It’s in with the “knew” in East Central Indiana, with several local initiatives, organizations and venues in place to help entrepreneurs start, grow and thrive.
Entrepreneurship is more than just a buzzword, with studies showing that a growing number of millennials – and the generation younger than them – are less interested in depending on established companies for employment and more interested in forging their own paths by establishing their own business and building intellectual property.
To foster success among these entrepreneurs, East Central Indiana has several incubators, co-working spaces and maker spaces where innovators can find the resources, collaboration and technology they need to take their ideas from concept to reality.
Making Of a Maker Space
Another innovative facility, the Purdue Polytechnic Maker Space in Anderson, is located on the new $15 million Purdue Polytechnic Institute campus that opened for classes in January 2017. The campus is on W. Scatterfield Road where a former General Motors manufacturing plant once flourished.
“When the local GM Delco Remy and Inland Fisher Guide plants closed, their 76 abandoned acres eventually became a concrete wasteland, and now our campus sits on about 11 refurbished acres of that property,” says Corey Sharp, director of Purdue Polytechnic Anderson. “Also in our revitalizing neighborhood on Scatterfield Road are more high-tech companies, and Community Hospital Anderson is constructing an outpatient clinic. The city of Anderson is showing how a community can come back to life after a major company leaves.”
The Purdue Polytechnic Anderson campus has classroom space for students majoring in various technology degrees, while the Maker Space functions as a learn-by-doing lab for students and a place for community entrepreneurs to use the school’s 3D printers, fabrication equipment, welding equipment, laser cutters, lathes, mills and many other tools connected to manufacturing.
"Meanwhile, Flagship Enterprise Center in Anderson is a regional incubator whose primary focus is advancing economic development, and they are a key backer of our Maker Space effort and own the building that houses Purdue Polytechnic Anderson,” Sharp says. “Another part of our building is used to lease space to private tech companies that are established and want to advance, and we already have three company tenants. Purdue Polytechnic looks to play a major role in training a future workforce that can fill advanced manufacturing, engineering, computer technology and other high tech careers that are currently moving back to Anderson and East Central Indiana.”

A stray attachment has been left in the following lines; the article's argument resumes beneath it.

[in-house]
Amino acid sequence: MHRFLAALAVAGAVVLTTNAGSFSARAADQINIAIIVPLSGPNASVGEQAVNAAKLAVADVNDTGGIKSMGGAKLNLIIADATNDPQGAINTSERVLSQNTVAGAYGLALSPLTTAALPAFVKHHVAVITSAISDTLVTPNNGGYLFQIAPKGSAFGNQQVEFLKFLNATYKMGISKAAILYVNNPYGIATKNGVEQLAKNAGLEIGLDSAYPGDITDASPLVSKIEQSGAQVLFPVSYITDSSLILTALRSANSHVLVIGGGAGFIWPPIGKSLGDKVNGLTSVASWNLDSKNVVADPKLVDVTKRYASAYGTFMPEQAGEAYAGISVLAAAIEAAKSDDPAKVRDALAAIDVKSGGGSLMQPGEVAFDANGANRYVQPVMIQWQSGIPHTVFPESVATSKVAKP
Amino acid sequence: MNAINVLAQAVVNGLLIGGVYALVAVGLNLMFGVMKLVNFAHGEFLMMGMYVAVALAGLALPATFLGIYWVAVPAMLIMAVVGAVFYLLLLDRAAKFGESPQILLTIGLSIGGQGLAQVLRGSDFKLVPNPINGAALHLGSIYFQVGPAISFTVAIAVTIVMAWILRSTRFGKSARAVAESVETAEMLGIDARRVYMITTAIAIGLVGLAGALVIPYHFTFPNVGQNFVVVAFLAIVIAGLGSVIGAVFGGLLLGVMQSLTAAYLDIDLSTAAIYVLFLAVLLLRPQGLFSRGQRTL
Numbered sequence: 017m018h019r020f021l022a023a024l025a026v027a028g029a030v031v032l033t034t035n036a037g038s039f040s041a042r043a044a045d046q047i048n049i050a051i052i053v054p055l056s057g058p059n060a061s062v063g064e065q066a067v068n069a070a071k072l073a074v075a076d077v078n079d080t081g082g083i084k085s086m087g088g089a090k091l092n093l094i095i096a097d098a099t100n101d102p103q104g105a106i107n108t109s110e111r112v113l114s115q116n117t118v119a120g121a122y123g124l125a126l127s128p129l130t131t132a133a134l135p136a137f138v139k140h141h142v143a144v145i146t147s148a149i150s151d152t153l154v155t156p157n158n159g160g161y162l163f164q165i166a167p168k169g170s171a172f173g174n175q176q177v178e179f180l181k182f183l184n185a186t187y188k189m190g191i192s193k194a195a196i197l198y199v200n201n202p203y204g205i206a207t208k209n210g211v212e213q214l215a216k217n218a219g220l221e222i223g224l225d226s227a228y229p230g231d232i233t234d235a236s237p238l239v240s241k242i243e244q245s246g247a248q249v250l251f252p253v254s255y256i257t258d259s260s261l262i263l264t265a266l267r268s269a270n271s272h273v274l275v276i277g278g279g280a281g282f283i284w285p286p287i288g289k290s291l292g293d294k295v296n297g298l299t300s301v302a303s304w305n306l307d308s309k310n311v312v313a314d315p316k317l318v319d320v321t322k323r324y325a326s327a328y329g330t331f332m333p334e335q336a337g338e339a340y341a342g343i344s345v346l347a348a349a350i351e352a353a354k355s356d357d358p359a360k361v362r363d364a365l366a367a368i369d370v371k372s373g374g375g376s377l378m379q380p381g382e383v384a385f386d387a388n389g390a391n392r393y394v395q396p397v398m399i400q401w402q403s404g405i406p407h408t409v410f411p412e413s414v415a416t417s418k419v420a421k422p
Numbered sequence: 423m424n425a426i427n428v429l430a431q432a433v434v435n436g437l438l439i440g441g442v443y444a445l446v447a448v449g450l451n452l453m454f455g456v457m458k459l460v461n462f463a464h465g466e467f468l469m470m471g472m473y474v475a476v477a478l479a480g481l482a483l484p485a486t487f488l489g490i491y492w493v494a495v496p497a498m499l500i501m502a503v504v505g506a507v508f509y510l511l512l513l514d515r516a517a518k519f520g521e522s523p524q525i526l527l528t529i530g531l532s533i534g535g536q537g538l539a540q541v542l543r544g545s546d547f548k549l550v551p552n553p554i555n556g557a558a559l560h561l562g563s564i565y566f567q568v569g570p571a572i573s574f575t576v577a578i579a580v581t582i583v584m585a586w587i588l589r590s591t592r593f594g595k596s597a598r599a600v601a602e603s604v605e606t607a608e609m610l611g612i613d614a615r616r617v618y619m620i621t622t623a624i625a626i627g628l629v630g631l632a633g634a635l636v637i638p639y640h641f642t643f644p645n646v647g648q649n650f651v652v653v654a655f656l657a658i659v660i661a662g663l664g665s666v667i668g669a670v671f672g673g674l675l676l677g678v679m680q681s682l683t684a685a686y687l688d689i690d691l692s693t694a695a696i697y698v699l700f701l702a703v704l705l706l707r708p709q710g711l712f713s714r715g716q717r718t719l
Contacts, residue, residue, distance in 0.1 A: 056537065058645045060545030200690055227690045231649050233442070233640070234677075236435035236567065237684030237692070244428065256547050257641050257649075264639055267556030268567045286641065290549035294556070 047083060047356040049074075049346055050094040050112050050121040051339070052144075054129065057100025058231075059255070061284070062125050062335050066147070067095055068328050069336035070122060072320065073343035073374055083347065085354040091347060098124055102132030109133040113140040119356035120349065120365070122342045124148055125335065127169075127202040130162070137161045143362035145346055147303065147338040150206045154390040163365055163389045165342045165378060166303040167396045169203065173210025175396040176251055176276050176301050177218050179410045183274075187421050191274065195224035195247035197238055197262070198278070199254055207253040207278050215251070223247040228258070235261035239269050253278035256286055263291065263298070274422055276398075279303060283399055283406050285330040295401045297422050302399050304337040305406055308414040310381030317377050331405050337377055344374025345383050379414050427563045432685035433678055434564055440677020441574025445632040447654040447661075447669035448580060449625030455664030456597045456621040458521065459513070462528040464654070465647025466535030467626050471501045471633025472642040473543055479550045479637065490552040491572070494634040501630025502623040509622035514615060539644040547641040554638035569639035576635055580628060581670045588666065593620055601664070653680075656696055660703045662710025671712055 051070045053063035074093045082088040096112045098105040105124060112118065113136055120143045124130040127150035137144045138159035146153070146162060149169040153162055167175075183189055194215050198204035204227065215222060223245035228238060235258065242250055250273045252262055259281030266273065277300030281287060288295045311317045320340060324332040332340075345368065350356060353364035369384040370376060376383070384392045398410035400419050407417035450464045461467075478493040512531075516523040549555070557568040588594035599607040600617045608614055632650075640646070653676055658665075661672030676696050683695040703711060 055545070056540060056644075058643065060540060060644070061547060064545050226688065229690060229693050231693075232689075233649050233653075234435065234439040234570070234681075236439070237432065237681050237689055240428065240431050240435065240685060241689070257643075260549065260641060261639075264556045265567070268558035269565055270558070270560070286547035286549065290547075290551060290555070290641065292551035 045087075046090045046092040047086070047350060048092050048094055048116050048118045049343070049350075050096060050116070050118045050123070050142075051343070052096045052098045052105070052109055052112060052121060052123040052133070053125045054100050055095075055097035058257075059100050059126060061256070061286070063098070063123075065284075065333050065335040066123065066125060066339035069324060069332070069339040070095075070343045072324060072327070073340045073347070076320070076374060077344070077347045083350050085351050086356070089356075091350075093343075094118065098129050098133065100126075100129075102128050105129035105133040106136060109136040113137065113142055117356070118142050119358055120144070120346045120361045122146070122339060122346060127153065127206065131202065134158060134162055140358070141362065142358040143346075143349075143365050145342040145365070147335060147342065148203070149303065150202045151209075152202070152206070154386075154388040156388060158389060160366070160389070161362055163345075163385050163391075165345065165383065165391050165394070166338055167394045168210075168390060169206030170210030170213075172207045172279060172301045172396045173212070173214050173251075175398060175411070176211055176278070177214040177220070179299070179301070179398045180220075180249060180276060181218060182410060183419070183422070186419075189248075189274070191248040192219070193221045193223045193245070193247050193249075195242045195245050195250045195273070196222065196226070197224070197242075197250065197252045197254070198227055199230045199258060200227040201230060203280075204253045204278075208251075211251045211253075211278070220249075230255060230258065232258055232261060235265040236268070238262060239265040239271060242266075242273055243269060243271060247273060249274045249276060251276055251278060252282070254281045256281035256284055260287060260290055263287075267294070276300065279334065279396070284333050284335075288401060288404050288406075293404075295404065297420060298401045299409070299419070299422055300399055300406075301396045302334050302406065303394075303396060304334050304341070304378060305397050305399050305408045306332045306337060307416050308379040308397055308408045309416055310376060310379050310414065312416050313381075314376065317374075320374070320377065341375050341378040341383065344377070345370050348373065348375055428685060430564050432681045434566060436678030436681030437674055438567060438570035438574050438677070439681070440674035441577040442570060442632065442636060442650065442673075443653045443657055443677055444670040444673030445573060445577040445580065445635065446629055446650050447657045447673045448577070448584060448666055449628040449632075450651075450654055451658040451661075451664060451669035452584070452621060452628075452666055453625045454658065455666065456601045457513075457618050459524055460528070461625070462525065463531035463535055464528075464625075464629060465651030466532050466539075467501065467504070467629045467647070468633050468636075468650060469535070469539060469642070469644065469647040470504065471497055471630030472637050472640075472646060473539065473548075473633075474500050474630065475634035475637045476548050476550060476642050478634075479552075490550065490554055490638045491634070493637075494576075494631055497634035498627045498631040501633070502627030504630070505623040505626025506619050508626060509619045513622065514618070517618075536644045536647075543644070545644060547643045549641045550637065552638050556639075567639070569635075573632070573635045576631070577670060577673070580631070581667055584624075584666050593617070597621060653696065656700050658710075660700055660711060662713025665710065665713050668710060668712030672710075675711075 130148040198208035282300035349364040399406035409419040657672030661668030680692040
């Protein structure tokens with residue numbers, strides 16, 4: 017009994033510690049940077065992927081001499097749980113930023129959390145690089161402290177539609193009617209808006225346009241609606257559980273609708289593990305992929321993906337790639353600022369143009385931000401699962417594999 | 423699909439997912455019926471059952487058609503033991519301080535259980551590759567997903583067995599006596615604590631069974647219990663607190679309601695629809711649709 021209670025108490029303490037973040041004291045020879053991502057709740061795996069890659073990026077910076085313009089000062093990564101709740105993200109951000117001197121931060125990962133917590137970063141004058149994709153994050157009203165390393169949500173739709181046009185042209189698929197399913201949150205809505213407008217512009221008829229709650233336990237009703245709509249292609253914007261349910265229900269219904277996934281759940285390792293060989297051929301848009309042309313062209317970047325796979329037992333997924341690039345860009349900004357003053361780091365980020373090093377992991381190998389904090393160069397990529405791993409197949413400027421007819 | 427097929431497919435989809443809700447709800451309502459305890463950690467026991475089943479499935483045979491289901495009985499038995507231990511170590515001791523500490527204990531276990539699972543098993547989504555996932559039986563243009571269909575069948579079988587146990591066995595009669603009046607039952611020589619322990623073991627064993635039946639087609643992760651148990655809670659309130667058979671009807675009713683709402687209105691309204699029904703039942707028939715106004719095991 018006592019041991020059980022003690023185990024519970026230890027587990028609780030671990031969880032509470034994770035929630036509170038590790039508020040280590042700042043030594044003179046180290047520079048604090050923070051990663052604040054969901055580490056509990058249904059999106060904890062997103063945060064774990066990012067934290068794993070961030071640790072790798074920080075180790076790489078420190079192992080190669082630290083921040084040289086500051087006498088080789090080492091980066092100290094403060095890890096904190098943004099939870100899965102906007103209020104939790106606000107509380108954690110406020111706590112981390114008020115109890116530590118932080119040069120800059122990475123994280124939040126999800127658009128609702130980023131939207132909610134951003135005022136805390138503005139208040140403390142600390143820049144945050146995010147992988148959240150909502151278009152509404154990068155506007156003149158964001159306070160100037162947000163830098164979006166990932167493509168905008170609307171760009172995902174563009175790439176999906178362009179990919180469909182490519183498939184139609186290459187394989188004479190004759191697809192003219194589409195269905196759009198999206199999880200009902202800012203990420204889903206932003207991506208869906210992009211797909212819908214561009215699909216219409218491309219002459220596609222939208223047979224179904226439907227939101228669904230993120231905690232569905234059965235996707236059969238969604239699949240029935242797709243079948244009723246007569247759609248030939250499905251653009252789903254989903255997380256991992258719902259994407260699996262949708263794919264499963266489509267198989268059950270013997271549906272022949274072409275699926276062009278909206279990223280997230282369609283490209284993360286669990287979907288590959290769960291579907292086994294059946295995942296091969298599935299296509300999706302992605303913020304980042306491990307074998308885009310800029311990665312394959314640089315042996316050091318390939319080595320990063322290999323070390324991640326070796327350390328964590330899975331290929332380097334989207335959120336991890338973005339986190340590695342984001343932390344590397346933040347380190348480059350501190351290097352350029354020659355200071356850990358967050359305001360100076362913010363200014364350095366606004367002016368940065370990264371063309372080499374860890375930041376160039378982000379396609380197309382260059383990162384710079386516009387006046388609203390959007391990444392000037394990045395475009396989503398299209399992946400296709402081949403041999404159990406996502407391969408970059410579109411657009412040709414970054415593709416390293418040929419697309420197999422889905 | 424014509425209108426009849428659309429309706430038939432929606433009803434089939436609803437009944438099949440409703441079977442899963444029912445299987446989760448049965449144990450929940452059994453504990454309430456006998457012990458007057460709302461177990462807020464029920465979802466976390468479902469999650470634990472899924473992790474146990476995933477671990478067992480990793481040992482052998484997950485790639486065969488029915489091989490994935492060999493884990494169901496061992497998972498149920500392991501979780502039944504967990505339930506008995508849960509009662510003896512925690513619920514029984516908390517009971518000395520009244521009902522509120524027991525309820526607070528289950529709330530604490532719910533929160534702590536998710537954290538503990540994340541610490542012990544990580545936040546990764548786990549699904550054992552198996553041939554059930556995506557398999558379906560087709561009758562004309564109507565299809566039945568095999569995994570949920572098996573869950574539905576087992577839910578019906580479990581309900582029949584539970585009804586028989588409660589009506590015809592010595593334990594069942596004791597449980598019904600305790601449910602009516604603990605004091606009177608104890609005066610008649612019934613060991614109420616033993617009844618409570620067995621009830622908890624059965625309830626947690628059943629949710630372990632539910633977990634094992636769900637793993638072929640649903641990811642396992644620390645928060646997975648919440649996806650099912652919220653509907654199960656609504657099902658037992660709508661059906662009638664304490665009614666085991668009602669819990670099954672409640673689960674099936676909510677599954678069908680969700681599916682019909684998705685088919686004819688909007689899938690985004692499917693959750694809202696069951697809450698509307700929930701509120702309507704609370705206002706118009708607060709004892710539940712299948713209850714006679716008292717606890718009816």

In Your Business
Meanwhile, Indiana University East in Richmond offers creative thinkers its Center for Entrepreneurship at Indiana University East, which offers students in all disciplines the opportunity to develop and enhance entrepreneurial skills. IU East even offers a minor in entrepreneurship that involves a six-course series to prepare students to launch their own businesses.
“The Center has enjoyed success and celebrated its 10th anniversary in 2016,” says Tim Scales, director of the Center for Entrepreneurship at IU East. “Besides the classroom aspect, we link entrepreneurs to local company mentors, internships, economic development organizations and faculty members who are experts in different business specialties.”
Scales even hosts a public access TV show called In Your Business that provides advice and also interviews area entrepreneurs.
“At IU East, we do whatever we can to encourage and assist innovators,” he says. “The center helps equip creative students with the resources and implementation plans they need to achieve success in today's and tomorrow's business world.”
Among these idea-fostering organizations and facilities are The Refinery Business Center in Marion; Madjax Maker Force, The CO:LAB, Innovation Connector Landing Zone and Ball State University Entrepreneurship Center, all in Muncie; Vesuvius Coworking in Anderson; and The Innovation Center in Richmond.